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Thread: OOp Question - Creating a Class

  1. #1
    cdgary is offline Member
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    Default OOp Question - Creating a Class

    I'm somewhat new to object oriented programming and I'm trying to get my head around a concept. I looking at somebody else's code and I've noticed that they created a class where they include properties within their class that have the object type of the class they created. For example:

    public class FeedforwardLayer
    Java Code:
    {
        private FeedforwardLayer next;
    
        private FeedforwardLayer previous;
    
        public FeedforwardLayer getNext()
        {
             return this.next
         }
    
         public FeedforwardLayer getPrevious()
        {
             return this.previous
         }
    
    }
    1. Is there a better name and explanation for this approach
    2. Can you give me a short, easy to follow practical code example on how this should be used, so I can understand it better. Kind of difficult to understand it in the context of the above code.

  2. #2
    Tolls is offline Moderator
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    Default Re: OOp Question - Creating a Class

    Looks like a linked list to me, give or take.
    An element points to the next (and previous) elements in the list.

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    quad64bit's Avatar
    quad64bit is offline Moderator
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    Default Re: OOp Question - Creating a Class

    1. Is there a better name and explanation for this approach
    Previous poster seems to be correct. When I first started with OOP, my ah-ha! breakthrough moment was when I started thinking of classes as blueprints.

    An architect spends a lot of time designing a blueprint. The blueprint has all of the characteristics of a house clearly defined. However, a blueprint is not a house. Yet, from a blueprint, one could build many houses. All are similar, but each is it's own house. In this case, the house is the object stored in memory at runtime, where as the blueprint is the class.

    Secondly, OOP languages treat classes like types. Think of a type like you would with the blueprint analogy. You might have a blueprint for a tudor, or a rancher, or a mansion...

    So from within a class you see a reference to the same class, it isn't referring to the same exact object; just the same class. On a street you might have 50 of the same house. But they aren't the same house, they are just all constructed from the same set of plans. Each is separate and has it's own address (so do their digital counterparts, the addresses are memory addresses!). Having something like "FeedforwardLayer next;" or FeedforwardLayer previous;" would be analogous to having a sign on each house saying "House to the left that way" and "House to the right the other way". The house knows of other houses adjacent to it. In the same way in a linked list, an object knows about the one before it and the one after it. Each of the three objects are of type "FeedforwardLayer". Using the word "FeedforwardLayer" before each name (next, previous) tells java what type of object to expect.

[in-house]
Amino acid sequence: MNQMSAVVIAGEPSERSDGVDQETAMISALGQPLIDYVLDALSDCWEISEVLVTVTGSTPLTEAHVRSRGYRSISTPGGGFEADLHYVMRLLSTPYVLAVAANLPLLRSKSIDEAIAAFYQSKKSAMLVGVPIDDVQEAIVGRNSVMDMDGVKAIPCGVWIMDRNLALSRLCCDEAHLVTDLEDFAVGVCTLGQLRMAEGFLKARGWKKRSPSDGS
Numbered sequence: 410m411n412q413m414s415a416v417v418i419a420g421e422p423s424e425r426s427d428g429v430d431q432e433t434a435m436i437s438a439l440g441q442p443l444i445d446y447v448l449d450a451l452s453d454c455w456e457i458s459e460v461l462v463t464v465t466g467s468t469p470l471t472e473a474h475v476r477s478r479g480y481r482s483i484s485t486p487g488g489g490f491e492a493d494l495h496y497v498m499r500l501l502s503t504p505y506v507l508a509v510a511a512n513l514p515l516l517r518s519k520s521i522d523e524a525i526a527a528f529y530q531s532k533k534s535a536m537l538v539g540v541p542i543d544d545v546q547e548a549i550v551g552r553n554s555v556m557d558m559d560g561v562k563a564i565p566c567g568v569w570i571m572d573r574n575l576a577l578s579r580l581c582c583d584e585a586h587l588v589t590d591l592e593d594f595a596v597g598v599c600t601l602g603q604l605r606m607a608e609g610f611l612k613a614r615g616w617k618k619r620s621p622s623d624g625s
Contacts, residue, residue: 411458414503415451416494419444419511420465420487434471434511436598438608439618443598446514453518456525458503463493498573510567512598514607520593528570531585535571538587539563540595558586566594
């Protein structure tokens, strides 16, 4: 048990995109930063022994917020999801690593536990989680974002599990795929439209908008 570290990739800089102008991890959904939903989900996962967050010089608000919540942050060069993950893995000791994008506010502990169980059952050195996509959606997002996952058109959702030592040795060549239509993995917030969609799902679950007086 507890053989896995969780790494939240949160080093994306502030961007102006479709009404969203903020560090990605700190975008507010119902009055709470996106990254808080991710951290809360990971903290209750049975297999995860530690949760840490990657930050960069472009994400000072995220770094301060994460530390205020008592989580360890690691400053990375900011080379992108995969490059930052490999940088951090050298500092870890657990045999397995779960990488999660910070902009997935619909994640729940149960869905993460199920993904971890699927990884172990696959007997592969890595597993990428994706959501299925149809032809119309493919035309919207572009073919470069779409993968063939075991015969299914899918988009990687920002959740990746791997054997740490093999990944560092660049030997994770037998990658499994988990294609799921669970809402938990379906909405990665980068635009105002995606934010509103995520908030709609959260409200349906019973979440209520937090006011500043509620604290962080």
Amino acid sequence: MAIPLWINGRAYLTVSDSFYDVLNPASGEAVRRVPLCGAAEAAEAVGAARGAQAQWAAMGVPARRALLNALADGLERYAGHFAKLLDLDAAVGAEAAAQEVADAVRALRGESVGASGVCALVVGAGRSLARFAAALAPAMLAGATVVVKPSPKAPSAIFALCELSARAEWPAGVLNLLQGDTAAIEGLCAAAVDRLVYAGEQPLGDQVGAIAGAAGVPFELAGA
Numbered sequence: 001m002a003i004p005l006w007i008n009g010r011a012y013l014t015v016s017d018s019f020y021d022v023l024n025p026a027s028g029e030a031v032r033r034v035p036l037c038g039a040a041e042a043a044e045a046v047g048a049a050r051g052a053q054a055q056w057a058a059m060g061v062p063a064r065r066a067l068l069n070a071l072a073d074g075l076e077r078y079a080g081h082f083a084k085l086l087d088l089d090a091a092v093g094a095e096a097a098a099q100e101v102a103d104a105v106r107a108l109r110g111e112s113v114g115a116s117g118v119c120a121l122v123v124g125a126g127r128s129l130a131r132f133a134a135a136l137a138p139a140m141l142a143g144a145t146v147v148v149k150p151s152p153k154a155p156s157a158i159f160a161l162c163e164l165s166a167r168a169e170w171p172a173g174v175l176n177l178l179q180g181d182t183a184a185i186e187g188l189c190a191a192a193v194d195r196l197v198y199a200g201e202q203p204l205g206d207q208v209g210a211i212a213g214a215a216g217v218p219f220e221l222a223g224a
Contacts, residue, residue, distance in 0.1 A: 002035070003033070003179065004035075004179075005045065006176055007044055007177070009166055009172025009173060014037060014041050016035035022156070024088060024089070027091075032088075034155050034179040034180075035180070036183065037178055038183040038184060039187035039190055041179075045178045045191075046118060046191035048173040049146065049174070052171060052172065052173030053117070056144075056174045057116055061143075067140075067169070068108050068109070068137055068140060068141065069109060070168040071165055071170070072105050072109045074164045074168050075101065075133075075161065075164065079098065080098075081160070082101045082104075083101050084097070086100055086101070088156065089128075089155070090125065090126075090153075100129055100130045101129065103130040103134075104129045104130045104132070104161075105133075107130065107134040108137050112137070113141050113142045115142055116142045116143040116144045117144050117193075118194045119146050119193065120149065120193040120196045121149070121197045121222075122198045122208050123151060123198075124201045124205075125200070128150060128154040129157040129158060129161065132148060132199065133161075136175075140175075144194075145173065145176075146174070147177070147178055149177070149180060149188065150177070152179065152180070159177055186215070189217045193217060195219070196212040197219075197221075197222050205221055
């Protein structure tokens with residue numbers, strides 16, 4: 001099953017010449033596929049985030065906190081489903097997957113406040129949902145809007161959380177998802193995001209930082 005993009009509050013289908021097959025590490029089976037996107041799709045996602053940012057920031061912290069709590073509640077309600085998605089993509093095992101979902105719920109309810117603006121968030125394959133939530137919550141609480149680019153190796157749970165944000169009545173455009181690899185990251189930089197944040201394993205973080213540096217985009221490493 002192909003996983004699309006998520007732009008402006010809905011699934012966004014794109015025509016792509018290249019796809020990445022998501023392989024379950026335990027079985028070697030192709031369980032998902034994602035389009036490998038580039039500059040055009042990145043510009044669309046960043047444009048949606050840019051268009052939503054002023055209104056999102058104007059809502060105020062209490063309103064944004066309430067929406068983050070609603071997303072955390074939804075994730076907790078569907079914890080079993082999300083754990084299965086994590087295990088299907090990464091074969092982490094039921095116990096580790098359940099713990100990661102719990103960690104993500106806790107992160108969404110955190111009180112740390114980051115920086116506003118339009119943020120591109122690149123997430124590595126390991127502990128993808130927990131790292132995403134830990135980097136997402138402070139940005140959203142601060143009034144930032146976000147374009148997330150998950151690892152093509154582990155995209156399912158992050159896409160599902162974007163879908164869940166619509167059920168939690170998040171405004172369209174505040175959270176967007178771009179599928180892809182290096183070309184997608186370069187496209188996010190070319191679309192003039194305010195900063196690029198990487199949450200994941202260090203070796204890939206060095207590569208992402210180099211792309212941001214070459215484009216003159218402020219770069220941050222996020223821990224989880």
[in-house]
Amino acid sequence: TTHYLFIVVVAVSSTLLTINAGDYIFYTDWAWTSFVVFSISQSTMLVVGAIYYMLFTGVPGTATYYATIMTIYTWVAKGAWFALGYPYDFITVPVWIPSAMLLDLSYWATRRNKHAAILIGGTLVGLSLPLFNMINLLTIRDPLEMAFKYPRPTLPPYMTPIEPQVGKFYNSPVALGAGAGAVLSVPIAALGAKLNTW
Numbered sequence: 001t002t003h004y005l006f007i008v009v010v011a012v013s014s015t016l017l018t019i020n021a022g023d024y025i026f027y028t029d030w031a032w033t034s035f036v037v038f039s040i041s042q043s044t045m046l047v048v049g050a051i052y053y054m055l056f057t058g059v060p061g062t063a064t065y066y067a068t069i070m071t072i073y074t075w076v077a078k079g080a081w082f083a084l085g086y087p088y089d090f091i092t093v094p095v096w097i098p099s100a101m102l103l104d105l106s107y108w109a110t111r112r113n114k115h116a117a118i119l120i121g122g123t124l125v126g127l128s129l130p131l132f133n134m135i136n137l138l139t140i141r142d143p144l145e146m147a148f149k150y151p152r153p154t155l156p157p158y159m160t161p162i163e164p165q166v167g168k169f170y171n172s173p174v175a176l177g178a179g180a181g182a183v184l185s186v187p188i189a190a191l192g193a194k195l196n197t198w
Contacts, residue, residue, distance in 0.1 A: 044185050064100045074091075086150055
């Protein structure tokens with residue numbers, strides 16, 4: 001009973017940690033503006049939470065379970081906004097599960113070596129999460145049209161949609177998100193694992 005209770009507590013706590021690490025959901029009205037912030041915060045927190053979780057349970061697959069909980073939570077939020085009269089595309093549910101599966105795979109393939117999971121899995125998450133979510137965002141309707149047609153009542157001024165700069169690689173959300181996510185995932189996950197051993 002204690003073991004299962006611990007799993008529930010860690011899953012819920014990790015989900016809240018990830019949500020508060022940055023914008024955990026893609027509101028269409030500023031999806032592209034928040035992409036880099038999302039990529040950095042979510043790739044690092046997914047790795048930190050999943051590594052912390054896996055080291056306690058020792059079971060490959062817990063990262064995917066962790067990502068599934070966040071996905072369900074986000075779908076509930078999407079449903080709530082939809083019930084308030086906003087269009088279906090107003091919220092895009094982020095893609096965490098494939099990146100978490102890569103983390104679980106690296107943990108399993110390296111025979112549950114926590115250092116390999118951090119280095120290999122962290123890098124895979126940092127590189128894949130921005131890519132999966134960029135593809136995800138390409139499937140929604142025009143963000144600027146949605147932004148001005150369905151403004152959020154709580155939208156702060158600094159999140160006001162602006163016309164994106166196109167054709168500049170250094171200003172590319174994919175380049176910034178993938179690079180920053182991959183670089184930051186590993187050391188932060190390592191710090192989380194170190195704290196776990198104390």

2. Can you give me a short, easy to follow practical code example on how this should be used, so I can understand it better. Kind of difficult to understand it in the context of the above code.
    Sure! A linked list is a classic example of when you would do this. Another example would be with Trees (like binary trees, quad trees, any type of tree), maps, etc... Any type of structure where you have more than one of the same thing and said things know about each other.

    Another example would be classes that are self constructing. If I want to use a Color object, I can ask the Color class to give me one pre-made like this:
    Java Code:
    Color myColor = Color.RED;
    The color RED in this case was premade inside the Color class, and looking inside Color's source code would show references to itself.

    It is important to not get the source code you see and the object in memory confused. You might write 1 class called Person which has fields and methods in it, but you could create a million objects from that class. They are all unique Person objects, each with a complete copy of all the methods and fields. Remember this when writing your code, and it will help you visualize what is happening!
    Fubarable likes this.

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